Example of an absorption cooling system.
Absorption cooling is a process in which cooling of an interior space is accomplished by the evaporation of a volatile fluid, which is then absorbed in a strong solution, then desorbed under pressure by a heat source, and then recondensed at a temperature high enough that the heat of condensation can be rejected to a exterior space.
Absorption cooling is essentially an air conditioner driven not by electricity, but by a heat source such as natural gas, propane, solar-heated water, or geothermal-heated water. Because natural gas is the most common heat source for absorption cooling, it is also referred to as gas-fired cooling. Although mainly used in industrial or commercial settings, absorption coolers are now commercially available for large residential homes.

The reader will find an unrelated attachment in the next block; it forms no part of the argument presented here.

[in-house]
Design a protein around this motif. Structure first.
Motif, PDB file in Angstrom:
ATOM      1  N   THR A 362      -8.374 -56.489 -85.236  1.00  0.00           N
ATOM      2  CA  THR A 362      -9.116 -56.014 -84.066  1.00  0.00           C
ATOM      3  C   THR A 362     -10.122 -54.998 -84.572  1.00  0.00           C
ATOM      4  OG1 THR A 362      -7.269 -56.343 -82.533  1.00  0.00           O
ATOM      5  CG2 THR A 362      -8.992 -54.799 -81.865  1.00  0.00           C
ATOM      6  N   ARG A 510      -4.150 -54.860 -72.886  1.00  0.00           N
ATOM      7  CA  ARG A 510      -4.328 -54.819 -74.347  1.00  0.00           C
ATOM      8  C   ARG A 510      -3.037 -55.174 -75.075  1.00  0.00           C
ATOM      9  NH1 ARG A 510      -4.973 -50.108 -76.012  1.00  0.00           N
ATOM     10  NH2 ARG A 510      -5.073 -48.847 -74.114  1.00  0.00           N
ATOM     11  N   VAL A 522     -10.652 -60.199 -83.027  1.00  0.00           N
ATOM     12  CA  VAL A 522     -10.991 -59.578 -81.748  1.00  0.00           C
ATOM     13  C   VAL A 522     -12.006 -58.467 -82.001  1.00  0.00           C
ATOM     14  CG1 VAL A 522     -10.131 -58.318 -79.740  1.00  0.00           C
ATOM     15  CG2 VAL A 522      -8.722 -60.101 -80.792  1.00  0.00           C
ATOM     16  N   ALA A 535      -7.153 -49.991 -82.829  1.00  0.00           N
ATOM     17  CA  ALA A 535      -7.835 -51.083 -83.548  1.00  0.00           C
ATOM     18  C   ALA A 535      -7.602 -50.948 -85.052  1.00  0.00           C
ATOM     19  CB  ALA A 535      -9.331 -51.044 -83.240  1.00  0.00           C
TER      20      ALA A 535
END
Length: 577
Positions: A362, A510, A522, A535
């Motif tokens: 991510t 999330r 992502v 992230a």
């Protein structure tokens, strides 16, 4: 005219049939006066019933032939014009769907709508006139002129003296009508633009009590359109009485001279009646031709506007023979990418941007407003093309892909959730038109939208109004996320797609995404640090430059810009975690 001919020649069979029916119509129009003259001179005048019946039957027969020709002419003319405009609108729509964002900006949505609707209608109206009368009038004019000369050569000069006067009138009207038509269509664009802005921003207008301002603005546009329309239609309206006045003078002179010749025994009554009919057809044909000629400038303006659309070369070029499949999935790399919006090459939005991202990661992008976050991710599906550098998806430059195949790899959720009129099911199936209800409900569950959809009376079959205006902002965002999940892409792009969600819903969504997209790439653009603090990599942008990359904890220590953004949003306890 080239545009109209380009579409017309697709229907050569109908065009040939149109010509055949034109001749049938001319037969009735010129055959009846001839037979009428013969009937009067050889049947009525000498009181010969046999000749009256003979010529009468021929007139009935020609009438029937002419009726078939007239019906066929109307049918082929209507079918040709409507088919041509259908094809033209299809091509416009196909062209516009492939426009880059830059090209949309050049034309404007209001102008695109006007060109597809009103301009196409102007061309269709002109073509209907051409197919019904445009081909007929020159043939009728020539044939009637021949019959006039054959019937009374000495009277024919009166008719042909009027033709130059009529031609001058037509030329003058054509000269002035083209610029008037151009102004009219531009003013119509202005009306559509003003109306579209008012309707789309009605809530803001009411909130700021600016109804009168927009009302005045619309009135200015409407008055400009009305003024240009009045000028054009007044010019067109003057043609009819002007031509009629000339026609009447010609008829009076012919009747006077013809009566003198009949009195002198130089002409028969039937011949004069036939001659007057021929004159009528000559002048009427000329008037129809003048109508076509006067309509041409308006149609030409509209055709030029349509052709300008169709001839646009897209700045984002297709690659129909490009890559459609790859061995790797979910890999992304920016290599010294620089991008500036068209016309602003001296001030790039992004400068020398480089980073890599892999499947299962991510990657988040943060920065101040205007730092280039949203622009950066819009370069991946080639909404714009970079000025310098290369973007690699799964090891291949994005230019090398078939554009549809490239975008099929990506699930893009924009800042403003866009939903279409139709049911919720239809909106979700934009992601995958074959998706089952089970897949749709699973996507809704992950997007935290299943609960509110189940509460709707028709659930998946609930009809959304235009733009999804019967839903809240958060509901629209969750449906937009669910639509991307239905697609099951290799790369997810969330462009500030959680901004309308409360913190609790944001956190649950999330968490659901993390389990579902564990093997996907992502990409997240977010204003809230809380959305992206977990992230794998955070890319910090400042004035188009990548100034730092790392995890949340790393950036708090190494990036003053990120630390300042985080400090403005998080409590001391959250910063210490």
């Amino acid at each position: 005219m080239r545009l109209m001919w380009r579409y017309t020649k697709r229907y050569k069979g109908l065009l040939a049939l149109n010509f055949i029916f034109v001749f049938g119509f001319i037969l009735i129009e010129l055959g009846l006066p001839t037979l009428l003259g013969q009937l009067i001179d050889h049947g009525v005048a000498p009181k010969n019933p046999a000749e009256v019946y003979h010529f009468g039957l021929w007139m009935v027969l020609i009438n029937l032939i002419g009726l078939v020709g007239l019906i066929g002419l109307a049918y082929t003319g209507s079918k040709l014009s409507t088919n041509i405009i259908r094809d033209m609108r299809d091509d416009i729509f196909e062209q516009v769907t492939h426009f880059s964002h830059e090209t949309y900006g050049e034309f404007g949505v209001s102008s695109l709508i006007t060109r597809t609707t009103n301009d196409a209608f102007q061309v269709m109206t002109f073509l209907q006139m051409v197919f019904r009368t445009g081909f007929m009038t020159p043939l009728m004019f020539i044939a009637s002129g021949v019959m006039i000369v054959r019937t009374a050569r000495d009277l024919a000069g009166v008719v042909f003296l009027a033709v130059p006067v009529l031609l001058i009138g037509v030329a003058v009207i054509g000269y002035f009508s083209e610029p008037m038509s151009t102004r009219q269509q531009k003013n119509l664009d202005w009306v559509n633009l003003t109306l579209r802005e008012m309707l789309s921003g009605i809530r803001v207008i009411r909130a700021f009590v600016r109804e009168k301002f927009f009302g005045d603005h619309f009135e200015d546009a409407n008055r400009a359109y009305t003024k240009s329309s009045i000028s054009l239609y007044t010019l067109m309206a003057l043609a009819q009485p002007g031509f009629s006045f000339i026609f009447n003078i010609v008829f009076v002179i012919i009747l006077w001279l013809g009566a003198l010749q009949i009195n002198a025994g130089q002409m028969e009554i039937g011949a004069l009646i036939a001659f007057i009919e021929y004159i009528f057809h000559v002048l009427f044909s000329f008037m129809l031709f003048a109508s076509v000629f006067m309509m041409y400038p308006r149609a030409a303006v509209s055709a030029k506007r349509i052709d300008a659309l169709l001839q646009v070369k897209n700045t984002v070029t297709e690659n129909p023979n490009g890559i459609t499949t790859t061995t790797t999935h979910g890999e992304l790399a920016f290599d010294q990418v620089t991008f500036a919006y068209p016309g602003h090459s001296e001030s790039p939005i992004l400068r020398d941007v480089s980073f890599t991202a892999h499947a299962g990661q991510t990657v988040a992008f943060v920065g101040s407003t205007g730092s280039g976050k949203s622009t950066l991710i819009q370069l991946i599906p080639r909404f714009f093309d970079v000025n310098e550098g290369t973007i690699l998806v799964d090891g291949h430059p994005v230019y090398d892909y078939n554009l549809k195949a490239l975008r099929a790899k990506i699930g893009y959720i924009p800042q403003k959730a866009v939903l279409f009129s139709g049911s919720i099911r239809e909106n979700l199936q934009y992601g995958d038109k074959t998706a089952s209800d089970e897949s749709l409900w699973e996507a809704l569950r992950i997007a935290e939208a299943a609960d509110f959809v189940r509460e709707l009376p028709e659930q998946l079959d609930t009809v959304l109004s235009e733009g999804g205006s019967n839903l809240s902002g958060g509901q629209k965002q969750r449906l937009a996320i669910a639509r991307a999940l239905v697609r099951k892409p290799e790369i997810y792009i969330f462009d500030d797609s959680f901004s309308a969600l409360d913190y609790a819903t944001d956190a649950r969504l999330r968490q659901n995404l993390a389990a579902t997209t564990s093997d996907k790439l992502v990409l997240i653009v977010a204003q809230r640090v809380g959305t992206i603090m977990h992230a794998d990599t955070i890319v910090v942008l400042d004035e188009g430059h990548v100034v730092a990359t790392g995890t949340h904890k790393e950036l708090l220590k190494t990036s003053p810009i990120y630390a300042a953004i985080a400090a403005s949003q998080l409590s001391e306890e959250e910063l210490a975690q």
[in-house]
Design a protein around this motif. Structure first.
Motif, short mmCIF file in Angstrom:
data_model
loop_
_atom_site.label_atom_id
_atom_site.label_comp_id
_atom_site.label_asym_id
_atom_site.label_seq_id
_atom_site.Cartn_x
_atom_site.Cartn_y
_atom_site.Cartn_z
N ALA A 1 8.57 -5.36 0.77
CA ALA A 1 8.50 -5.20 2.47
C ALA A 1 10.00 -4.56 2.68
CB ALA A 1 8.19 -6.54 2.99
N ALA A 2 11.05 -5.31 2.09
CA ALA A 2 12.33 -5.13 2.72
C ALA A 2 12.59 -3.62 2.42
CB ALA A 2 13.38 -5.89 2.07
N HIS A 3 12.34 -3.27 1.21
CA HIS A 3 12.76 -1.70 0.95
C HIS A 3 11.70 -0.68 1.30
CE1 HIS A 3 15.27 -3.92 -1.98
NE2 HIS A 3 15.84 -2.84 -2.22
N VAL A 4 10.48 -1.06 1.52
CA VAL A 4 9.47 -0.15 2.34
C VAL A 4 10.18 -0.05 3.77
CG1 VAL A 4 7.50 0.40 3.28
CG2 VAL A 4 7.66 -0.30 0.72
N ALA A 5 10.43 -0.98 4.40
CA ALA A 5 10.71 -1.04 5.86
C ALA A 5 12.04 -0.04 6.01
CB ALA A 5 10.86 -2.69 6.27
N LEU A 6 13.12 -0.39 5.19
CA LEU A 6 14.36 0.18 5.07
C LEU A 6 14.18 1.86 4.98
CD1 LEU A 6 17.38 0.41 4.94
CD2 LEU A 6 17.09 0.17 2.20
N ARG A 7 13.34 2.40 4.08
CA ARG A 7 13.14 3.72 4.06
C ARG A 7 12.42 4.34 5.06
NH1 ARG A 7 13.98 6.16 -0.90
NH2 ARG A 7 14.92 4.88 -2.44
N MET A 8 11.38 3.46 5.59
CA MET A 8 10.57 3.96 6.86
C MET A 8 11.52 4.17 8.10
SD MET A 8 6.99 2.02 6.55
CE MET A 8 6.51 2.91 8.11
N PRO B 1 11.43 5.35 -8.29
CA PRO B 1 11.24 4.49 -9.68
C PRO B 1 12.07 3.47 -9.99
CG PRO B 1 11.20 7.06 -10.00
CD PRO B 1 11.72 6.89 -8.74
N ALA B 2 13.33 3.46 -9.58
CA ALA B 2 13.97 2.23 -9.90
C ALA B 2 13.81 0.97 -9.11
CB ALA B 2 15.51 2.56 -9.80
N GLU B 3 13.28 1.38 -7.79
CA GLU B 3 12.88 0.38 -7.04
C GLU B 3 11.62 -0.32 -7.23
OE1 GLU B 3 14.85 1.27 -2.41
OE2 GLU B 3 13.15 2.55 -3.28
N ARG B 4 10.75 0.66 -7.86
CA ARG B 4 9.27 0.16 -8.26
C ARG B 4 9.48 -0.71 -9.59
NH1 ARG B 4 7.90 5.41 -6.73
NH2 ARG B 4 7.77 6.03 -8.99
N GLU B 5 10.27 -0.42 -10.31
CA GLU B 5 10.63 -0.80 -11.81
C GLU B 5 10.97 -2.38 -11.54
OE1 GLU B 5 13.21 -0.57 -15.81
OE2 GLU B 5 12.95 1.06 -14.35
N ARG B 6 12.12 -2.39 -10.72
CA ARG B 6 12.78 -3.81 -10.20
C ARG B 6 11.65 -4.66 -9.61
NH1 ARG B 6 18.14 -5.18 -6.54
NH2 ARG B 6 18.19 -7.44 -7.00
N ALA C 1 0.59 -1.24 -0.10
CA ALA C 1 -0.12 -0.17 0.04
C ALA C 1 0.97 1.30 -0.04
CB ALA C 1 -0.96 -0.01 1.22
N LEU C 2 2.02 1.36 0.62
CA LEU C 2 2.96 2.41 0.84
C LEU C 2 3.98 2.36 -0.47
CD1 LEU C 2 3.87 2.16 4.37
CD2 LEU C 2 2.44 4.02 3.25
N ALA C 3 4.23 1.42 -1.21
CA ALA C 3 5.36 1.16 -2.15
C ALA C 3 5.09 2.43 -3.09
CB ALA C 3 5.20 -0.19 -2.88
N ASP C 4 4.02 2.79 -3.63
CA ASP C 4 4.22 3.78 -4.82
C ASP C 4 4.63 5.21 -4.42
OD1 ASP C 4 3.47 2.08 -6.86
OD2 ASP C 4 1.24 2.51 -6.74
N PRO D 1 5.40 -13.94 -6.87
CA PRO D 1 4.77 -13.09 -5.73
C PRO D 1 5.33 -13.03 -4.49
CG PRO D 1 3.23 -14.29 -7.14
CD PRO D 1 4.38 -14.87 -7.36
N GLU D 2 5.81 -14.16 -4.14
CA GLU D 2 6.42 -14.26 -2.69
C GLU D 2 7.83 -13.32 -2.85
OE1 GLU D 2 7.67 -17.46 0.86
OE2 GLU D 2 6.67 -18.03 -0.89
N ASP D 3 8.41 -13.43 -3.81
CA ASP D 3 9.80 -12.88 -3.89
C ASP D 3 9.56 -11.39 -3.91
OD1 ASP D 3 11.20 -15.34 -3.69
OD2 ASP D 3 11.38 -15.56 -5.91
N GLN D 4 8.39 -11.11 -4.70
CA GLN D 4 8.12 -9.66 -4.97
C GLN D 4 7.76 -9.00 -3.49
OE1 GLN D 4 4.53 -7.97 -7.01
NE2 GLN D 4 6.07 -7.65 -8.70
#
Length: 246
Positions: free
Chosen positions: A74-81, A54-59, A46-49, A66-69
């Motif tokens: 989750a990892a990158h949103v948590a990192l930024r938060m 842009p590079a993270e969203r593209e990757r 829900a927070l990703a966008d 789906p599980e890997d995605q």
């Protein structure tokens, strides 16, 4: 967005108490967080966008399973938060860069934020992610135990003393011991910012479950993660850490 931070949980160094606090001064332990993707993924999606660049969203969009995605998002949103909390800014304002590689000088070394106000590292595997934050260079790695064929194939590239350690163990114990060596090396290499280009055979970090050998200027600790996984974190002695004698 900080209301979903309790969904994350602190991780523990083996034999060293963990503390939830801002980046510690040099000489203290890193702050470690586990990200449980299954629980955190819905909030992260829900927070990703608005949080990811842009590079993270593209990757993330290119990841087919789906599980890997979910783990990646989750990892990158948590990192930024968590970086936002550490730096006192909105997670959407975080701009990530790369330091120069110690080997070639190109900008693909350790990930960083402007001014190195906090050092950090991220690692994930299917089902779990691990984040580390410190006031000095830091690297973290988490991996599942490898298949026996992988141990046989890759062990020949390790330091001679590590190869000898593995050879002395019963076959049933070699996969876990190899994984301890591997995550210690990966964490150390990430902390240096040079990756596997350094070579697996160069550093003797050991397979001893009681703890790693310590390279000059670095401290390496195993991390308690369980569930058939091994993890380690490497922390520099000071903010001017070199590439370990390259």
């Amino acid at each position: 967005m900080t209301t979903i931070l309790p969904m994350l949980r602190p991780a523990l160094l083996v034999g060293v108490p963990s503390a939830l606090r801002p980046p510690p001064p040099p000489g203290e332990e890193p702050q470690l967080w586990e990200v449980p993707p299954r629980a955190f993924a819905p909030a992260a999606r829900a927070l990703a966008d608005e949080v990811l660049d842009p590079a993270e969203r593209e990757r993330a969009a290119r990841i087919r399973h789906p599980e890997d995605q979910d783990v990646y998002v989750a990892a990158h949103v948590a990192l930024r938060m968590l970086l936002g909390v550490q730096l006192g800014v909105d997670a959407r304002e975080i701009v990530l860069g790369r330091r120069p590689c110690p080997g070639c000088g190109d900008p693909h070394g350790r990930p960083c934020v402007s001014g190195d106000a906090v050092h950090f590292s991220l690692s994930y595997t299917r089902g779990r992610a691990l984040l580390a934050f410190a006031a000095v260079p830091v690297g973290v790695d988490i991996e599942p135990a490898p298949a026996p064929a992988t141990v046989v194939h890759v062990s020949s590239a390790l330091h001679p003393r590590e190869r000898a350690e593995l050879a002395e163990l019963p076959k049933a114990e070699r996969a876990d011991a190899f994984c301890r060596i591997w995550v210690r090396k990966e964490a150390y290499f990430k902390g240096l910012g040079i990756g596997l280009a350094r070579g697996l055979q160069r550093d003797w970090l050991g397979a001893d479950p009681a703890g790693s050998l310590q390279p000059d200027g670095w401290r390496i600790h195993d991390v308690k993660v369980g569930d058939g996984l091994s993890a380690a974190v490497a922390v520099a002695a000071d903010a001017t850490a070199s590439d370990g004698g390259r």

Absorption cooling usually only makes sense in homes without an electricity source, but may also be employed to make use of renewable energy. Absorption cooling is essentially a heat pump technology; absorption coolers are absorption heat pumps that are not set up to allow their use as a heating device. To find out more about absorption cooling, see the page on absorption heat pumps.